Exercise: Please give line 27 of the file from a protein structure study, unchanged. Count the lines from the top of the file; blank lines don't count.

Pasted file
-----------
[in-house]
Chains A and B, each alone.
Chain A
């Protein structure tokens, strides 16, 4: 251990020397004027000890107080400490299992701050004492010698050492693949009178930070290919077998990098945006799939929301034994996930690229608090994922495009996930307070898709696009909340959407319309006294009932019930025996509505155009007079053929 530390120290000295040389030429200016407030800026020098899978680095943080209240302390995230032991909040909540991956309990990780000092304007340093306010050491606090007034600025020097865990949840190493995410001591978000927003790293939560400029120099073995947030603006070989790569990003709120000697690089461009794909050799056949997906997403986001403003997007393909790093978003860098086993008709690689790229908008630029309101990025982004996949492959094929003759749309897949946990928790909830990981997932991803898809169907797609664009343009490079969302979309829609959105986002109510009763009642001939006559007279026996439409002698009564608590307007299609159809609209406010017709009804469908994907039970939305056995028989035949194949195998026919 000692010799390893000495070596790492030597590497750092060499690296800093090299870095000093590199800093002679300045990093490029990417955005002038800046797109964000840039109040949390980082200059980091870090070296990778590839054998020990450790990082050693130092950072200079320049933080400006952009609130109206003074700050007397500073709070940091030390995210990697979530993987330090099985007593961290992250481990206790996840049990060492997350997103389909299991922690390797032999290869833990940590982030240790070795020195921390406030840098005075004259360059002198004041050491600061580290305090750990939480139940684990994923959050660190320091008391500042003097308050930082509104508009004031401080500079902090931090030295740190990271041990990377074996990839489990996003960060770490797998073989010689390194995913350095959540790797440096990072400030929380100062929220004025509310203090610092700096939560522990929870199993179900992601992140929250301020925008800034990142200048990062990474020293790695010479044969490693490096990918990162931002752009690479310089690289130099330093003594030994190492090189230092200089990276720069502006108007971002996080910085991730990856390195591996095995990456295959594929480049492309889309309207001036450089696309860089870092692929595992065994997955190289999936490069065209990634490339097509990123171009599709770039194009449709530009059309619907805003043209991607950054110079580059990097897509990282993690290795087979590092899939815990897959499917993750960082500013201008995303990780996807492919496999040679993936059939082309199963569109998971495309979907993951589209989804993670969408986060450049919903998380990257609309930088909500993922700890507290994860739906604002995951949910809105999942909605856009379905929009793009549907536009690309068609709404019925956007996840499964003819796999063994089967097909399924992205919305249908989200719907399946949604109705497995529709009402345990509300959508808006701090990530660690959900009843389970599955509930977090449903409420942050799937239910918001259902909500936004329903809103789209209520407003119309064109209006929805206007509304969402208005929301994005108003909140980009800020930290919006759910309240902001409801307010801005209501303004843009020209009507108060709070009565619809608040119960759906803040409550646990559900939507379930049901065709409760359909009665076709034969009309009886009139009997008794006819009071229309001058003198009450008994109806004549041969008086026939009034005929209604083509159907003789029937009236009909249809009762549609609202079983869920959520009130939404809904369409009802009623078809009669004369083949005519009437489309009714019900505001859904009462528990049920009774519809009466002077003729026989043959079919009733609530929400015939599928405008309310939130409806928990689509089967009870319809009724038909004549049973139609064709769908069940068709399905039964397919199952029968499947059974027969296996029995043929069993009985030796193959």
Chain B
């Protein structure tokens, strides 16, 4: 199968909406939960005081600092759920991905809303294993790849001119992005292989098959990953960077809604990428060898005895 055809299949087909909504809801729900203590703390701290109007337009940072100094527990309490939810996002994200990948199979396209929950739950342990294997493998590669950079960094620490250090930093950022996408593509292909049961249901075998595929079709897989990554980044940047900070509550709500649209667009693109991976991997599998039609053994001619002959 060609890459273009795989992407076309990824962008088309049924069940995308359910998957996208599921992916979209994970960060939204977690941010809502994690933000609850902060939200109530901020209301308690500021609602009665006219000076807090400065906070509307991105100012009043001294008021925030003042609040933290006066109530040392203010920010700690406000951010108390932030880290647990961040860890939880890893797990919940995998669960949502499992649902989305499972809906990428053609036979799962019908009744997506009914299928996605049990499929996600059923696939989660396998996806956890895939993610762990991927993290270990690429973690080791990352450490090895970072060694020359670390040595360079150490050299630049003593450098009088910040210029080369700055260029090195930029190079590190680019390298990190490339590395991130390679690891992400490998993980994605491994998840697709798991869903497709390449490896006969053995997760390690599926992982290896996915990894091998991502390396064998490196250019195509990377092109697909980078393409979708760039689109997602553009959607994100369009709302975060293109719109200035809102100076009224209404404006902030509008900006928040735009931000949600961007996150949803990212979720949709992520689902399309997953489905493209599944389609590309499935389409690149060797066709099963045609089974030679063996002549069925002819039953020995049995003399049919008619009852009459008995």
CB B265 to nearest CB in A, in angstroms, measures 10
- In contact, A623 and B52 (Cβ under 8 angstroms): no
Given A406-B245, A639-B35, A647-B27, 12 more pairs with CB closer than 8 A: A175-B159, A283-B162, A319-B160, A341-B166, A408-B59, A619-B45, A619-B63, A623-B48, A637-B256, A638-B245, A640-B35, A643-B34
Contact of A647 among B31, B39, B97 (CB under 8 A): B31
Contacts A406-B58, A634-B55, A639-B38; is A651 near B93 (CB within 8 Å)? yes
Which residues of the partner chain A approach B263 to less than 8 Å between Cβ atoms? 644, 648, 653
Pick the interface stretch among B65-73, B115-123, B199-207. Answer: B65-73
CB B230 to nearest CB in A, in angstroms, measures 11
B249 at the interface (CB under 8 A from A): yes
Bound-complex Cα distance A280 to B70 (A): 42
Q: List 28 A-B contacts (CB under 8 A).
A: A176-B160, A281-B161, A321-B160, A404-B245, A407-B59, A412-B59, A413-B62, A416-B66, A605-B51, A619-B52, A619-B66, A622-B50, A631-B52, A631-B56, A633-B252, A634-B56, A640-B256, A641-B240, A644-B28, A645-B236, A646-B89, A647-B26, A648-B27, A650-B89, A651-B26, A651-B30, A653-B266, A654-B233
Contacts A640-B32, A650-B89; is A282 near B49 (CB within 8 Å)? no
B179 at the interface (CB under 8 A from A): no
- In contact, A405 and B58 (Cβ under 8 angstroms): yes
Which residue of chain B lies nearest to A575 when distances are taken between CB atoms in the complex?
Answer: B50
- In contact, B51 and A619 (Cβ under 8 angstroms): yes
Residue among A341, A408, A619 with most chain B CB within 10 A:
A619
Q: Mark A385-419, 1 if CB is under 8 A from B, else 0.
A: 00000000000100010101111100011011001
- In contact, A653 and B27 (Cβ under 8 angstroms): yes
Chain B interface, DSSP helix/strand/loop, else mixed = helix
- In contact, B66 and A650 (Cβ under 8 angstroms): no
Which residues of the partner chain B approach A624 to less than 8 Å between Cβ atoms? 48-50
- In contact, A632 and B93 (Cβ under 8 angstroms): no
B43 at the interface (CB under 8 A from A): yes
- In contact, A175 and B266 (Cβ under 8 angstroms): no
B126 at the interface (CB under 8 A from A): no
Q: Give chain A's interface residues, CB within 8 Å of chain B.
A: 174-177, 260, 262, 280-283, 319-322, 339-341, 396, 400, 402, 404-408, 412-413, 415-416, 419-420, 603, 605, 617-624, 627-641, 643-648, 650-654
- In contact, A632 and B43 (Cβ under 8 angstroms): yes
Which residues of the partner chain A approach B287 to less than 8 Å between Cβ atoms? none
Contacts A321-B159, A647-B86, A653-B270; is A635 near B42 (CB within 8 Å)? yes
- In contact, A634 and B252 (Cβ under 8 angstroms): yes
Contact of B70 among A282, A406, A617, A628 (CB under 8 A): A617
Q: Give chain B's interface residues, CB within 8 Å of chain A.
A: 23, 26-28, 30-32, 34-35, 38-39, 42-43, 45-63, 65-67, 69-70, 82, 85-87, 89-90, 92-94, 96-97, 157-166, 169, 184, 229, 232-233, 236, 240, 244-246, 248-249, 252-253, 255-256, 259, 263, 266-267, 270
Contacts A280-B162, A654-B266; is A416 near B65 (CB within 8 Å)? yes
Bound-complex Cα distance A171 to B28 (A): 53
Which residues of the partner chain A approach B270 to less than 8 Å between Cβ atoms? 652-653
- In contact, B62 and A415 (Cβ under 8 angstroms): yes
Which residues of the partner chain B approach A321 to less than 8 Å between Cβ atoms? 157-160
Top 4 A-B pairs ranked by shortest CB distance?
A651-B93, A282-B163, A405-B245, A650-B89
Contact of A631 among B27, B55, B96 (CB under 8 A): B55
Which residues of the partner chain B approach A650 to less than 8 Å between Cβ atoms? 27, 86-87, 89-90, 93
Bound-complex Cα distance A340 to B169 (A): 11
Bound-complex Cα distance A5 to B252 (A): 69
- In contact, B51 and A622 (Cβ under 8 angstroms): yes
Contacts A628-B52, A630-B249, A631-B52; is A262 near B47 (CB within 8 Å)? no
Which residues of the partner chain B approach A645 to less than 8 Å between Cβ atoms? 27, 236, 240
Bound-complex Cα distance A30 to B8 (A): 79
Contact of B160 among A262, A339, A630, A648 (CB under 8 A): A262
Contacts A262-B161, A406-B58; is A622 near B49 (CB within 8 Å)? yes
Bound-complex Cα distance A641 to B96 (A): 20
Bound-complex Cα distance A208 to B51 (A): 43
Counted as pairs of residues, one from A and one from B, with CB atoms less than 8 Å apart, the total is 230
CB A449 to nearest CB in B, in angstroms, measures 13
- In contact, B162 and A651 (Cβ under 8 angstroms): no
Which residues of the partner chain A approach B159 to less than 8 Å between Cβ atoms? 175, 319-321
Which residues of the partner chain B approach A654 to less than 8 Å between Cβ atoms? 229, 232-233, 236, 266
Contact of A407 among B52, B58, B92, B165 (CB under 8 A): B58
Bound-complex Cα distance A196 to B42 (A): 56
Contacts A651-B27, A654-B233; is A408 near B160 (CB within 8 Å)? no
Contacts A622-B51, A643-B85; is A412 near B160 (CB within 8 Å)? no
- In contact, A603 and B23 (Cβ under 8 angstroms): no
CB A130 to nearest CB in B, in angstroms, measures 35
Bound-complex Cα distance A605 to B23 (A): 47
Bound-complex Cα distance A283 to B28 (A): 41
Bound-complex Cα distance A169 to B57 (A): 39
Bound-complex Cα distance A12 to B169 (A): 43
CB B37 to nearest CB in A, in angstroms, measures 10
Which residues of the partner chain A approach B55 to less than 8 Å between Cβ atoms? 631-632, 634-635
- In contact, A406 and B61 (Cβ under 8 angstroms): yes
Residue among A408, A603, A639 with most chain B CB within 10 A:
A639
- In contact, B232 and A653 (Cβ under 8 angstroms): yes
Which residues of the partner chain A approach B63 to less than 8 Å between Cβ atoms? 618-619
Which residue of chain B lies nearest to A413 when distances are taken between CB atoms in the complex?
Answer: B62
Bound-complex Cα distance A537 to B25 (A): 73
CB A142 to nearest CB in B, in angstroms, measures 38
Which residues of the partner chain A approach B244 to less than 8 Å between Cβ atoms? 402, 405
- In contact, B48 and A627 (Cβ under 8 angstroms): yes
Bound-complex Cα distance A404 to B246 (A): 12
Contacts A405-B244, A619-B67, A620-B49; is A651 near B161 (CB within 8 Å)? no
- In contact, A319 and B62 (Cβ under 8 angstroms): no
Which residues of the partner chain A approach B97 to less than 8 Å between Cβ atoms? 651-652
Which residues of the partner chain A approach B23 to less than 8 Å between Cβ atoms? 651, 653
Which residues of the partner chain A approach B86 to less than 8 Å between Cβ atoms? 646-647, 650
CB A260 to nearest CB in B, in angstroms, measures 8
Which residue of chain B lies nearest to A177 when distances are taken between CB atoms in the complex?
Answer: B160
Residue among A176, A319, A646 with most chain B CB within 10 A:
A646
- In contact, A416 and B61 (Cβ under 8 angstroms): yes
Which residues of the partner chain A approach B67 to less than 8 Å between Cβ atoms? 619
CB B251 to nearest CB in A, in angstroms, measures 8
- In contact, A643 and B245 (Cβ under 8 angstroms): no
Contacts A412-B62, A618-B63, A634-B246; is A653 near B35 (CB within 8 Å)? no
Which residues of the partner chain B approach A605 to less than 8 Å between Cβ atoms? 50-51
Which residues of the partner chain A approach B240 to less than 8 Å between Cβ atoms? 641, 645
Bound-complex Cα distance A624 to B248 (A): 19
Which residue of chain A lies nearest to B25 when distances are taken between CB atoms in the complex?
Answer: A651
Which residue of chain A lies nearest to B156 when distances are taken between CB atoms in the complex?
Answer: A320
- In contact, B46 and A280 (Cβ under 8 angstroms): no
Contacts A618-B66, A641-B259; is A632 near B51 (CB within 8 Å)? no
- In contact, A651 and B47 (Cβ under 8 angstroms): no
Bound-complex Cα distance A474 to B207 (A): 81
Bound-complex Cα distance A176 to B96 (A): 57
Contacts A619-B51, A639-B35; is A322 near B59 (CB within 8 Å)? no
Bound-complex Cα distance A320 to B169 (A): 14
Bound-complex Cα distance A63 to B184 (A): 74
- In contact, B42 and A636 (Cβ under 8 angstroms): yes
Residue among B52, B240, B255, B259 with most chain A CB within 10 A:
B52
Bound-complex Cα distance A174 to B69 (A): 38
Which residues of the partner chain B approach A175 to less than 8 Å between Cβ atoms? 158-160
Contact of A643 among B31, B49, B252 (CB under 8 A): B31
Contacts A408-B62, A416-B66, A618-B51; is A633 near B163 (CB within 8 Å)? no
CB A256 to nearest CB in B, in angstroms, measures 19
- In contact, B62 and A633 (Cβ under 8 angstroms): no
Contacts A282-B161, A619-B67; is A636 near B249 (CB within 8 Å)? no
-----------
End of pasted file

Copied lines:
Q: Mark A385-419, 1 if CB is under 8 A from B, else 0.